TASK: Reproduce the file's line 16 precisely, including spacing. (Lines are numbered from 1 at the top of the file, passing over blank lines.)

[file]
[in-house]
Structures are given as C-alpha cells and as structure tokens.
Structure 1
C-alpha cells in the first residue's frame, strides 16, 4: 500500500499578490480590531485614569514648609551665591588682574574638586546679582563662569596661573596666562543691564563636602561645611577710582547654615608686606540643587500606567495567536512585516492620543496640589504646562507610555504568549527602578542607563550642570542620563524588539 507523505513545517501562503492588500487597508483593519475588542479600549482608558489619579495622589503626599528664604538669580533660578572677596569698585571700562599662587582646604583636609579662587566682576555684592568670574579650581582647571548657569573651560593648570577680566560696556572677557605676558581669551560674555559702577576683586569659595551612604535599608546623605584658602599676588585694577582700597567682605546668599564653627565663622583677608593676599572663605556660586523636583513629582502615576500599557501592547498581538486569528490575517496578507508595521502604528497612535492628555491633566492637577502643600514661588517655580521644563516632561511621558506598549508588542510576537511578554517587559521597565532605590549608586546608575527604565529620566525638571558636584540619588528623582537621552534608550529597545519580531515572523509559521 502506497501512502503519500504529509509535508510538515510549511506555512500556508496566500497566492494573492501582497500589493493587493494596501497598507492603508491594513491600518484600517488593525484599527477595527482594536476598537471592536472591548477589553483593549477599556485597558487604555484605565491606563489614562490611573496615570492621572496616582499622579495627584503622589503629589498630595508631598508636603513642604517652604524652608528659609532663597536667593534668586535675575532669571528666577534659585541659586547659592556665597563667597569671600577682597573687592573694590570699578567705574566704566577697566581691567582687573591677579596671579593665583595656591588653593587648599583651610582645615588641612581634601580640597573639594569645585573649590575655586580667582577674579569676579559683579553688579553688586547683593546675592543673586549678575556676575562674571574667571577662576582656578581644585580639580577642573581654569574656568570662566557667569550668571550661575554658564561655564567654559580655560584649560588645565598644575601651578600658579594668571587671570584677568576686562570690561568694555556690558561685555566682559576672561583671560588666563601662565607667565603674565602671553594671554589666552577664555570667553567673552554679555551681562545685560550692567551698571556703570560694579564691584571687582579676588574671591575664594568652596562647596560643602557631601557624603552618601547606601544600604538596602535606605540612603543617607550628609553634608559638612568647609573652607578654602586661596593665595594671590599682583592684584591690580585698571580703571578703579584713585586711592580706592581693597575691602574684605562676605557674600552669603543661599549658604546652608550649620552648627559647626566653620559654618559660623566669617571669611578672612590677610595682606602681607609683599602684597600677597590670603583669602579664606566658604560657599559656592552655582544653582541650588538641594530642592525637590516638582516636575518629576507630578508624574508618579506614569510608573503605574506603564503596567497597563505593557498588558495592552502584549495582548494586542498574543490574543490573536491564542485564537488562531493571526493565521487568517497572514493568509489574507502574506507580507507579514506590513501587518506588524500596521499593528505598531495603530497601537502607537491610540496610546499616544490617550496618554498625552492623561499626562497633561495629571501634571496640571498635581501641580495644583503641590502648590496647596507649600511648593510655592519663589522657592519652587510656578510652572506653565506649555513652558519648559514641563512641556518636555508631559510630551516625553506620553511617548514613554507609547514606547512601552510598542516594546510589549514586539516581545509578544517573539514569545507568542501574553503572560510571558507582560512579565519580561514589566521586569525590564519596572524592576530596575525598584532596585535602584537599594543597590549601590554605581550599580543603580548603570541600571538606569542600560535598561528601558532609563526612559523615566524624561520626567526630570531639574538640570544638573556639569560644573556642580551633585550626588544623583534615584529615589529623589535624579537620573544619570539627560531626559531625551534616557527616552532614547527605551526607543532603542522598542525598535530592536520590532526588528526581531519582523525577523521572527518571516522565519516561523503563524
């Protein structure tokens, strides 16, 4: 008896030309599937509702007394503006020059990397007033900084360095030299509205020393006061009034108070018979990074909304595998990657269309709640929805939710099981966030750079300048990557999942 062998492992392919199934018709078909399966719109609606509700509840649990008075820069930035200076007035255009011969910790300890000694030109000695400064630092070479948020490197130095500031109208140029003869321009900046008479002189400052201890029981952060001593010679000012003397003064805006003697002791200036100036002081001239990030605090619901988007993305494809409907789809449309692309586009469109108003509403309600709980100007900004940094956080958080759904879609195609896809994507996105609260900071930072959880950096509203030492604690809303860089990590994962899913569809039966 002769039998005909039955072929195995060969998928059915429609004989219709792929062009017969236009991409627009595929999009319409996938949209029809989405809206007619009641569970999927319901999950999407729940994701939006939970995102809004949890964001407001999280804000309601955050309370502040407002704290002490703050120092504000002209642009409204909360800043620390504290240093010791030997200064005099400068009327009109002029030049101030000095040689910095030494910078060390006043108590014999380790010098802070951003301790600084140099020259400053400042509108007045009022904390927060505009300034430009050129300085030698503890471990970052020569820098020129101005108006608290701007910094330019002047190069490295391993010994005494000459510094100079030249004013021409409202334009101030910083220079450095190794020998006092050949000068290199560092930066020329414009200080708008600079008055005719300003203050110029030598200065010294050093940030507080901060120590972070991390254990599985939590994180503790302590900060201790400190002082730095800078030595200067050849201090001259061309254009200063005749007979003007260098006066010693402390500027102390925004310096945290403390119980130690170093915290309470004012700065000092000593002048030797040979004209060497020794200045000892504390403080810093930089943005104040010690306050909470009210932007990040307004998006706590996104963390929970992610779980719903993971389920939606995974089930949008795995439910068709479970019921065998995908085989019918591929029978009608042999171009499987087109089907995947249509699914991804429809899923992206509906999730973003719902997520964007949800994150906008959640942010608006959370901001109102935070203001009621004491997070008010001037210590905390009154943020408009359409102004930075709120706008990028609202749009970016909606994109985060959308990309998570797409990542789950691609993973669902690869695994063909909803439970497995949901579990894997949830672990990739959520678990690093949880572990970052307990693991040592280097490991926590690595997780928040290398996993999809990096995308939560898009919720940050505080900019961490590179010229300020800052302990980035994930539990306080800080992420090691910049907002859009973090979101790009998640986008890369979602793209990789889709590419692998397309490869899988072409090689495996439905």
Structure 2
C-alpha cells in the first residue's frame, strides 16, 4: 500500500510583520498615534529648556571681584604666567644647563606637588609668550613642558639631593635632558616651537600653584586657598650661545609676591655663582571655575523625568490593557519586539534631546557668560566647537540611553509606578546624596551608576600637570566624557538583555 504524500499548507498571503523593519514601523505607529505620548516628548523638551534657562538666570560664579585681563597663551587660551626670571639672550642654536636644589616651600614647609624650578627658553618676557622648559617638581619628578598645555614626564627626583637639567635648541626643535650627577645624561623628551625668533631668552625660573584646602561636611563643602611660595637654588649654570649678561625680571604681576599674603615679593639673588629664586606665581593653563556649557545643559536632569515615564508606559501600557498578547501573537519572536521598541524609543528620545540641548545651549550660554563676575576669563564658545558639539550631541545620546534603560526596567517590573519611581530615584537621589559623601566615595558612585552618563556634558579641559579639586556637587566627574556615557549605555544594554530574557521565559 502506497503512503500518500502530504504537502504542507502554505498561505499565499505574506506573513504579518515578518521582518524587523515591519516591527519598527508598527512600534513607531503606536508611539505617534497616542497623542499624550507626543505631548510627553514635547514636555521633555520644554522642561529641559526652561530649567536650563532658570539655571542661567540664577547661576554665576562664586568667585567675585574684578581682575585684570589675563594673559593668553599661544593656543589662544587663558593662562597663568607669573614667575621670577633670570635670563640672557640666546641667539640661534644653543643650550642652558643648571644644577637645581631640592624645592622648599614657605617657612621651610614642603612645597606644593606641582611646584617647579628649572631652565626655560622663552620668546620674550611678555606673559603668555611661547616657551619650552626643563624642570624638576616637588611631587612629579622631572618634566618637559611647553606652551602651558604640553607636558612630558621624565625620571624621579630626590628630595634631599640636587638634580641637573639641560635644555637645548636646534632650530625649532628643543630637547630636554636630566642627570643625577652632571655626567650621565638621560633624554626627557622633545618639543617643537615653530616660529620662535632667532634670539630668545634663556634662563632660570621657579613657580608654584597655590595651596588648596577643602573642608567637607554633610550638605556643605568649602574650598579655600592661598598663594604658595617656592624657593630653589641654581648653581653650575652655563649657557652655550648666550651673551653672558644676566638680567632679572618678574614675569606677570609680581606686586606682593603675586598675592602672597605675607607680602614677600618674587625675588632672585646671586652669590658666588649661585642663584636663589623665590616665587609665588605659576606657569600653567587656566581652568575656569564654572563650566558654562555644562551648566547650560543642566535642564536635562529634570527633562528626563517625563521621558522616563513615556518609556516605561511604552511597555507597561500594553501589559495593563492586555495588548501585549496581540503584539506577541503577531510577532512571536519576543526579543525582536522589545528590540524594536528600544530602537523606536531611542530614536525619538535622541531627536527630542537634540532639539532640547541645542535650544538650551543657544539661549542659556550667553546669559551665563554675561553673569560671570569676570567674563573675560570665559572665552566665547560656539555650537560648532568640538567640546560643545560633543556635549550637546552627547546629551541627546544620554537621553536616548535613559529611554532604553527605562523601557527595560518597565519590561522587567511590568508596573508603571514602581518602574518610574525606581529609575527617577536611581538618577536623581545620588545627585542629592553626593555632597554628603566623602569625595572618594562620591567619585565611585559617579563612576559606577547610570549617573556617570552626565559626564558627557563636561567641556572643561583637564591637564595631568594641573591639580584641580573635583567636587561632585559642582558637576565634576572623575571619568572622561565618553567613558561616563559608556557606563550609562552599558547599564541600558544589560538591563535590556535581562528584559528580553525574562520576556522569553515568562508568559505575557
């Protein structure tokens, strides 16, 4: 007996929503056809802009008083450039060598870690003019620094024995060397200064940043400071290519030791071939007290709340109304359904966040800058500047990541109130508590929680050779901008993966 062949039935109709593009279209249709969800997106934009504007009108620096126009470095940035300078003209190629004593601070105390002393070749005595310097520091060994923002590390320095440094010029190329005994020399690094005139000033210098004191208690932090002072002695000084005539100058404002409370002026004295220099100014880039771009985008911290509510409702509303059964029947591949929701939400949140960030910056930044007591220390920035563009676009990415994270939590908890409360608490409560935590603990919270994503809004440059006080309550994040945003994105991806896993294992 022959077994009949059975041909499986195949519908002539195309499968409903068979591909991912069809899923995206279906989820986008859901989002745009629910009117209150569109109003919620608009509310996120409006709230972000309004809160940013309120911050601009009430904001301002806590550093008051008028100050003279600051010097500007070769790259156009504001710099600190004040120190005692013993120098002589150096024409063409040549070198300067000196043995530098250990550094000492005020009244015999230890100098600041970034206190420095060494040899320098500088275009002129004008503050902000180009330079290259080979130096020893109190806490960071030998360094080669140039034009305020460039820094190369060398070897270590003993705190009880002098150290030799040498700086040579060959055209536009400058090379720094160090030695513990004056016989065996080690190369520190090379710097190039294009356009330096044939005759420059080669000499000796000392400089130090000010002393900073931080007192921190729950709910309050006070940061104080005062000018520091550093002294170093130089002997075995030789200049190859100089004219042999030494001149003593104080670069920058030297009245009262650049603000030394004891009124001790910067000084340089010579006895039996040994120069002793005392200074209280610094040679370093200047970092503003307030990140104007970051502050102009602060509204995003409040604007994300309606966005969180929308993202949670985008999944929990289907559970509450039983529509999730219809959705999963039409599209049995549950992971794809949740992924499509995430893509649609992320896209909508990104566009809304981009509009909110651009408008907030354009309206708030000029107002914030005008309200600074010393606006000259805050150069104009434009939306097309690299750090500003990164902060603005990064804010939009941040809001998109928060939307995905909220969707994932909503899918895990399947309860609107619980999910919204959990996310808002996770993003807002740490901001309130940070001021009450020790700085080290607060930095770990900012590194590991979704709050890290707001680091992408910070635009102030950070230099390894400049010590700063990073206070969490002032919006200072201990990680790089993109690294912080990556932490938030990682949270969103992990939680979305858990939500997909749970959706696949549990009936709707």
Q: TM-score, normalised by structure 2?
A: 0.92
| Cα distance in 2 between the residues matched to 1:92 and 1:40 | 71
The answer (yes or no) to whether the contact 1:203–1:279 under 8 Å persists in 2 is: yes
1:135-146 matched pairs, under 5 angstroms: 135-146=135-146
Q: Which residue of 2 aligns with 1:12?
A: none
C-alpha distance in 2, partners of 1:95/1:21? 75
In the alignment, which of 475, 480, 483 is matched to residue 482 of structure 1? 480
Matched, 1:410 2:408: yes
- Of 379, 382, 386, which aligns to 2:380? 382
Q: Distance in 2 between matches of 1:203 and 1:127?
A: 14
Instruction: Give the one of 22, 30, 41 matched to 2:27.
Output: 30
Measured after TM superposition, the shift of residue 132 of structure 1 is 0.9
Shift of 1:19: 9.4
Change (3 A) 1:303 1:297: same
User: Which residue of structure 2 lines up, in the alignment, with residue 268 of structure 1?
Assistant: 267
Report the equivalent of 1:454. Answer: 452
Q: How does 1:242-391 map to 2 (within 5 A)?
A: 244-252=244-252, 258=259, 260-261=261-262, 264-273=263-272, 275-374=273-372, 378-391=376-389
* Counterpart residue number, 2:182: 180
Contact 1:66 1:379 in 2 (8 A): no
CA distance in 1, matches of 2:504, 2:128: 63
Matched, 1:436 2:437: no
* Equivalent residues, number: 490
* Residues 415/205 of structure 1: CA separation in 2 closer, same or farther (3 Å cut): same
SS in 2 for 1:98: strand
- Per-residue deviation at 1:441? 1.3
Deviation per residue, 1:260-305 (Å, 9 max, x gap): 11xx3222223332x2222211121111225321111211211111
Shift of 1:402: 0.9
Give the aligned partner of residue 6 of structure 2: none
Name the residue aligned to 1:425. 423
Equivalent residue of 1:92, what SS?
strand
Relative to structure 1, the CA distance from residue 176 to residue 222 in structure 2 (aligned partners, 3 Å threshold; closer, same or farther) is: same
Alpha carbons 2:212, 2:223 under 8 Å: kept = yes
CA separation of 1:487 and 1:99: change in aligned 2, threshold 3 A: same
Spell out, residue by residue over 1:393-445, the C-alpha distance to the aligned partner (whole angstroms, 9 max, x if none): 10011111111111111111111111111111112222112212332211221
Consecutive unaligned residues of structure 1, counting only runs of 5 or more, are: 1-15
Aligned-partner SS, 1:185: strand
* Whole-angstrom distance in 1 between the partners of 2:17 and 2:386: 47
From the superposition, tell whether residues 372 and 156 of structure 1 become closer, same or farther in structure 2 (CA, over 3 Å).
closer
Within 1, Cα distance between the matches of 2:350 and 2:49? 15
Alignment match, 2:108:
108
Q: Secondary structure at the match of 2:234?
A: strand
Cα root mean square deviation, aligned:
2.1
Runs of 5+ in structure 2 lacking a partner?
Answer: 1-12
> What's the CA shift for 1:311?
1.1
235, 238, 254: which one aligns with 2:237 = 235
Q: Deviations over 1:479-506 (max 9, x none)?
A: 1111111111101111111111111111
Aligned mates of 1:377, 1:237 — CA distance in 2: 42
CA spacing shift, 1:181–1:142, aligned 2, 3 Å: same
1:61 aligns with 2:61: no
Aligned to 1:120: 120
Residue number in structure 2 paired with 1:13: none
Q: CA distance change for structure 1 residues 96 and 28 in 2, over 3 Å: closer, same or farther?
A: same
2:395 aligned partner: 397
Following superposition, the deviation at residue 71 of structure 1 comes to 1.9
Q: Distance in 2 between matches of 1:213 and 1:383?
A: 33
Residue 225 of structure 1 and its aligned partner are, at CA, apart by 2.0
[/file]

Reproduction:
C-alpha distance in 2, partners of 1:95/1:21? 75